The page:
Cyril Ramaphosa’s victory in the ANC leadership battle has sparked renewed hope among many in South Africa’s Soweto township where he grew up — and where frustration with the party has been mounting.
“He is a model because he is one person that came out of the township and became a great businessman in this world,” said 21-year-old student Charlie Khoza from the Tshawelo district of Soweto. He was among a group of six young men standing on a street corner bathed in sunlight, drinking canned sodas the day after Ramaphosa’s decisive victory in the tight leadership race.
Their optimism for the probable future president and former trade unionist turned businessman was widely shared. In the less well-off Chiawele district of Soweto, just streets away from where Ramaphosa was born 65 years ago, Niseman Baleyi, 39, was cutting hair to the rhythm of traditional music.
A father of two and a barber for 20 years, Niseman is increasingly struggling to make ends meet. But he is optimistic that the election of a multimillionaire to lead the African National Congress will mean an economic renaissance for South Africa where more than a quarter of people are jobless.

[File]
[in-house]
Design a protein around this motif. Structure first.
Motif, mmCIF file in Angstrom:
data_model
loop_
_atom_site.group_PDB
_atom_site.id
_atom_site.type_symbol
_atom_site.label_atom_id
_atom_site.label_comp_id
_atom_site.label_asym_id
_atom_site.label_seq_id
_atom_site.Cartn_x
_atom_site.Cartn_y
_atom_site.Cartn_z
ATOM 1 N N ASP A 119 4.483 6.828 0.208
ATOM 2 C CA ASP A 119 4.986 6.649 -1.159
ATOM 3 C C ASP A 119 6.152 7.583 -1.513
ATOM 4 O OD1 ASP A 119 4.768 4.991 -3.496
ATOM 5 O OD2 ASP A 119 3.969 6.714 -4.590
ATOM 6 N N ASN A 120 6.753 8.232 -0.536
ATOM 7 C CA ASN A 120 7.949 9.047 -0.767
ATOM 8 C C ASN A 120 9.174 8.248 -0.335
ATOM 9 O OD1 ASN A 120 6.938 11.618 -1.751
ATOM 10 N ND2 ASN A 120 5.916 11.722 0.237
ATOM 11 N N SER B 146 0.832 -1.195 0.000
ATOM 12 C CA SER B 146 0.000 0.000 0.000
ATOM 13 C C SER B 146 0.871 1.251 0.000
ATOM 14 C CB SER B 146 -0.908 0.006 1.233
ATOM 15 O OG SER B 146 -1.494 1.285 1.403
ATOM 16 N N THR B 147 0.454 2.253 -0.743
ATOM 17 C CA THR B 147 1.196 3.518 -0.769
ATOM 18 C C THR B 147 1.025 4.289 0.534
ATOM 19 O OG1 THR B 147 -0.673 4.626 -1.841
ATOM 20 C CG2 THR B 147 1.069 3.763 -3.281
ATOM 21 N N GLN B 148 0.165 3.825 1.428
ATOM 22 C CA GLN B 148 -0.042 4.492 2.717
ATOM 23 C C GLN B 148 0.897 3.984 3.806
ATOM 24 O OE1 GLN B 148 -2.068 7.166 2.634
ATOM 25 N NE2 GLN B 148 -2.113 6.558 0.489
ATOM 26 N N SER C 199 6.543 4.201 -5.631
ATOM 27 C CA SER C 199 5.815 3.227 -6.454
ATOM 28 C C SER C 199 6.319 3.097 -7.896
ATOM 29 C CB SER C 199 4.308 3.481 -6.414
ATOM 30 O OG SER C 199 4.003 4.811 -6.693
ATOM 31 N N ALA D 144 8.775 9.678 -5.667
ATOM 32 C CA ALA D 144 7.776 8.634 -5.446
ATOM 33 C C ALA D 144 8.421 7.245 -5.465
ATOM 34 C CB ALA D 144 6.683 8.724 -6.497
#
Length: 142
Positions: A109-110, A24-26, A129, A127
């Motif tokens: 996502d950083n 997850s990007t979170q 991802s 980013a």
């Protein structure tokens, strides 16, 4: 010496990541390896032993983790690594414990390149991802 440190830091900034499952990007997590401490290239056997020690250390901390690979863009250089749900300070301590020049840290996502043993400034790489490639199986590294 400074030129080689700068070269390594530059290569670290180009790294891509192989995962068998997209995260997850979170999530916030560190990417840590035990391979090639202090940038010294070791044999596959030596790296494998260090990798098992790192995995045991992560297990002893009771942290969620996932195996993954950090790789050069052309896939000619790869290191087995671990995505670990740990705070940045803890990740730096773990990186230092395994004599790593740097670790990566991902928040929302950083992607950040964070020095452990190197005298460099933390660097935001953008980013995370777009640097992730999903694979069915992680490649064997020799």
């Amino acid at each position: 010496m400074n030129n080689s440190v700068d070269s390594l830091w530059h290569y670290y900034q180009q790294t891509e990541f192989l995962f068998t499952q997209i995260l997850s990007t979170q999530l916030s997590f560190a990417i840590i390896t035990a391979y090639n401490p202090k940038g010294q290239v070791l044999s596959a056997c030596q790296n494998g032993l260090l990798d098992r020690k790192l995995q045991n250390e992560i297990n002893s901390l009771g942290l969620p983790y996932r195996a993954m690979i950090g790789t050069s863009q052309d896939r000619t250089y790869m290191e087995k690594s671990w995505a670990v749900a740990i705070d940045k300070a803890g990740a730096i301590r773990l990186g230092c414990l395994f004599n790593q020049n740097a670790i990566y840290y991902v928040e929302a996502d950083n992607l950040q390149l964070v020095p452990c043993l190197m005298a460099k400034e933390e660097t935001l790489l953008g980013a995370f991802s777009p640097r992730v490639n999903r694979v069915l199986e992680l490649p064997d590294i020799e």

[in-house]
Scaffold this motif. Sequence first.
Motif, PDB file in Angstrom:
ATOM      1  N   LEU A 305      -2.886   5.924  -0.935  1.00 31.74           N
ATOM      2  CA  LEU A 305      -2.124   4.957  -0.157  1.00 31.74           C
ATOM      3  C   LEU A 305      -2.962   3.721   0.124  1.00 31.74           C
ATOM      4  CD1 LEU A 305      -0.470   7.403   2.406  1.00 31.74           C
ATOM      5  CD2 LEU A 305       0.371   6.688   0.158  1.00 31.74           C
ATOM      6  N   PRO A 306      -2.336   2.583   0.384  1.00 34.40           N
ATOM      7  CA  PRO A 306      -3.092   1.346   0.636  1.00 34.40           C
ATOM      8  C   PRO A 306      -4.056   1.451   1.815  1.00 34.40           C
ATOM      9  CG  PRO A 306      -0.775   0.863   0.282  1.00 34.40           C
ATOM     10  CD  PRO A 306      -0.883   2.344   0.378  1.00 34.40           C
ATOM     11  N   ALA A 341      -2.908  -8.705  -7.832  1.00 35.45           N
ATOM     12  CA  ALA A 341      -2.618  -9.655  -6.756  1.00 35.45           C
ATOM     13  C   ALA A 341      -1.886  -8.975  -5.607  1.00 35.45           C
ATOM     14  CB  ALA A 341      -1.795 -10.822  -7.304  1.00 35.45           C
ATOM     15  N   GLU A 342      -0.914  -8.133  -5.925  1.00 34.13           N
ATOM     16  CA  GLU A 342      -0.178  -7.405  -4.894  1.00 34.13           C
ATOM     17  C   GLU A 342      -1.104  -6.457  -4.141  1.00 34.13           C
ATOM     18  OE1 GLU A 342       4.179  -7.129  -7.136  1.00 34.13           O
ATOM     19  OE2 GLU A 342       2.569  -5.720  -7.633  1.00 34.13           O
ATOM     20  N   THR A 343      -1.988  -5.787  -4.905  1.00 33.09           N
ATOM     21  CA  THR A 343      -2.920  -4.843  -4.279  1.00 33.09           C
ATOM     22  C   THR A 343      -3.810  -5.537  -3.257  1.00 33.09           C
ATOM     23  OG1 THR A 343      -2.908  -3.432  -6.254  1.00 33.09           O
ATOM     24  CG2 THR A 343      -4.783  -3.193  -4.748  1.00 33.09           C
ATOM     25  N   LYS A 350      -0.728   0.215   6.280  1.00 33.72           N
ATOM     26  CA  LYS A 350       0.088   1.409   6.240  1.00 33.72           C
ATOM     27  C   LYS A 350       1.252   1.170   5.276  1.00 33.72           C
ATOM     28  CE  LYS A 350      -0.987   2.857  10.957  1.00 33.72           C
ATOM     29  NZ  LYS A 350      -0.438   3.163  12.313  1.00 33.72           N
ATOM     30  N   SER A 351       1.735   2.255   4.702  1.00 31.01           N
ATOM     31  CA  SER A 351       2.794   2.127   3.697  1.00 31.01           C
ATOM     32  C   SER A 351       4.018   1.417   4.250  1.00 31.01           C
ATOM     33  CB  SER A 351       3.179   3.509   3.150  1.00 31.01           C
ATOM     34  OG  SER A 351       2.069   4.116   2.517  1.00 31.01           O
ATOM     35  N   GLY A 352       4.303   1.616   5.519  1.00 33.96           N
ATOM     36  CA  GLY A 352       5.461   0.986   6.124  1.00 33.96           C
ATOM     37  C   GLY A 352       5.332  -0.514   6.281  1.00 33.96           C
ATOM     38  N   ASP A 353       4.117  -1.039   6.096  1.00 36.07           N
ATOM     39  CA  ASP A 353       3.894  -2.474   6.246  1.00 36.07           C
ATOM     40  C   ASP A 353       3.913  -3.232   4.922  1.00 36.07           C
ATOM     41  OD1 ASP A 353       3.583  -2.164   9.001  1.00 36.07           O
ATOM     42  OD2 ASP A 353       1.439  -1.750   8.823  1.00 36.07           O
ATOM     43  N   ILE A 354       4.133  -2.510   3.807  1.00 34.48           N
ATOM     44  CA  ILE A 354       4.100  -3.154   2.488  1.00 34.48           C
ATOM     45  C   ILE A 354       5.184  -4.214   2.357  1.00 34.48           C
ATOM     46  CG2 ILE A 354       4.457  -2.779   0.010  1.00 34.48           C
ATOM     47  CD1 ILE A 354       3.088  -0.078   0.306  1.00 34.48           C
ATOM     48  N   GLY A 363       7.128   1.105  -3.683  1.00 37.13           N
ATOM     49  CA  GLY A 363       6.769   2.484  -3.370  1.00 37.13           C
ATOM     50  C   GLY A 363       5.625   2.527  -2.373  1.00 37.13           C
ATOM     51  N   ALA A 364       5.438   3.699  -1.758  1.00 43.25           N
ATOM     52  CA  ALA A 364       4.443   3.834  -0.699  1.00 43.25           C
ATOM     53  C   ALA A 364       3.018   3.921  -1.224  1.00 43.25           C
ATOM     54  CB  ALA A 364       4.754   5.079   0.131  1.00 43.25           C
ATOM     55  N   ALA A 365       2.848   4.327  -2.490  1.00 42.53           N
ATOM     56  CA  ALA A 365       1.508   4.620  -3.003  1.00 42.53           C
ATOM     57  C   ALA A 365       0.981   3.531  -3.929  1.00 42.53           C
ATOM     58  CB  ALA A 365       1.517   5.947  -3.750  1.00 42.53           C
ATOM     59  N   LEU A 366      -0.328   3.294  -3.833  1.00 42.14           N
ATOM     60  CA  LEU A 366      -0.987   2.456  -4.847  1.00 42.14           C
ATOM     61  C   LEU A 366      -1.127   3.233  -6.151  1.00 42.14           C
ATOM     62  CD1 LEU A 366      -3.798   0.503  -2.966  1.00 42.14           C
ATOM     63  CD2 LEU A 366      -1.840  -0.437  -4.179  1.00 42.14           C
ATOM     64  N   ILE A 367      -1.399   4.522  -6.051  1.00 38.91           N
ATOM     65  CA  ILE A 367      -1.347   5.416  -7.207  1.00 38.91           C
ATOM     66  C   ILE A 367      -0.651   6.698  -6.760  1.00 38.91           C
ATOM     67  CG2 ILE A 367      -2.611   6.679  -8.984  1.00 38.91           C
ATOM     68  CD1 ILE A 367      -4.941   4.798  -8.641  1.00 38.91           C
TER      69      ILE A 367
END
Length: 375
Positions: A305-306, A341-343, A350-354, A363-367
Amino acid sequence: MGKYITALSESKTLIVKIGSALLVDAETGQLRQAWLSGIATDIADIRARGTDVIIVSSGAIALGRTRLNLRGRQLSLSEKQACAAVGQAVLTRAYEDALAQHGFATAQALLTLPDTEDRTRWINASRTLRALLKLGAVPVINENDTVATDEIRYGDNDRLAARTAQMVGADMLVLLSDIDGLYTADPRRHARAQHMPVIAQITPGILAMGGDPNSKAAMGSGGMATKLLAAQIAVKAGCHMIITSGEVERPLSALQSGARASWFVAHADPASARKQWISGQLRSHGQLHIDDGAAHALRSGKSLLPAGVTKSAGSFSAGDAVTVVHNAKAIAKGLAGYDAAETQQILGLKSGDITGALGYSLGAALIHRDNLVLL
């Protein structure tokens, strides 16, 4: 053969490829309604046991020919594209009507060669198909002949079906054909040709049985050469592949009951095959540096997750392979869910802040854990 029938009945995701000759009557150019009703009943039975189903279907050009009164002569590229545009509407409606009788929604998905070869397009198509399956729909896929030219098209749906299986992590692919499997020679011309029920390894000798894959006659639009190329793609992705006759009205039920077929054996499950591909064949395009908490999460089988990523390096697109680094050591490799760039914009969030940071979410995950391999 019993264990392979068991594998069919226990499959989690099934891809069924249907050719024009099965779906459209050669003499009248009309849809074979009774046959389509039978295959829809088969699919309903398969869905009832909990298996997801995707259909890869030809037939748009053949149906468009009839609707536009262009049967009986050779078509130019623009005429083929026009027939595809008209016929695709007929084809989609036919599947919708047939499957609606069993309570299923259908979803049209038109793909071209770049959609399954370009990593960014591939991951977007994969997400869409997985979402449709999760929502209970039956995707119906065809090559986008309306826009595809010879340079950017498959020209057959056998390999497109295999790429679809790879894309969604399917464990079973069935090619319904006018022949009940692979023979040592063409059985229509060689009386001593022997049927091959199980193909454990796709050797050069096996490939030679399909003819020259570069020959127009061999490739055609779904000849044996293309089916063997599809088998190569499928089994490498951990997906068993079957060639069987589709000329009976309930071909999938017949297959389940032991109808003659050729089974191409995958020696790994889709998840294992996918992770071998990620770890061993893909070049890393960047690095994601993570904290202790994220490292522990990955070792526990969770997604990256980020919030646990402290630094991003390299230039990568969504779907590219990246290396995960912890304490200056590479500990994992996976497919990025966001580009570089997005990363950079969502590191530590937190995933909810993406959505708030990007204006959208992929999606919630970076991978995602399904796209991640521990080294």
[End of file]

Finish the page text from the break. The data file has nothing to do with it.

As well as soaring unemployment, Africa’s most industrialised economy has suffered as big companies deterred by political uncertainty have opted to swell their cash reserves rather than investing in expansion or job creation.
Tanking investor confidence has led to a spate of credit ratings downgrades that have driven up the cost of government borrowing. “People are going to look at South Africa in a different way and are going to come to create jobs for the youth,” said Khoza.
To have a chance of keeping the ANC in power, Ramaphosa will have a serious task to persuade South Africans who feel let down by the storied anti-apartheid party. Among the pledges the ruling party has struggled to deliver are free university tuition, quality housing, jobs and the redistribution of wealth to the black majority. — AFP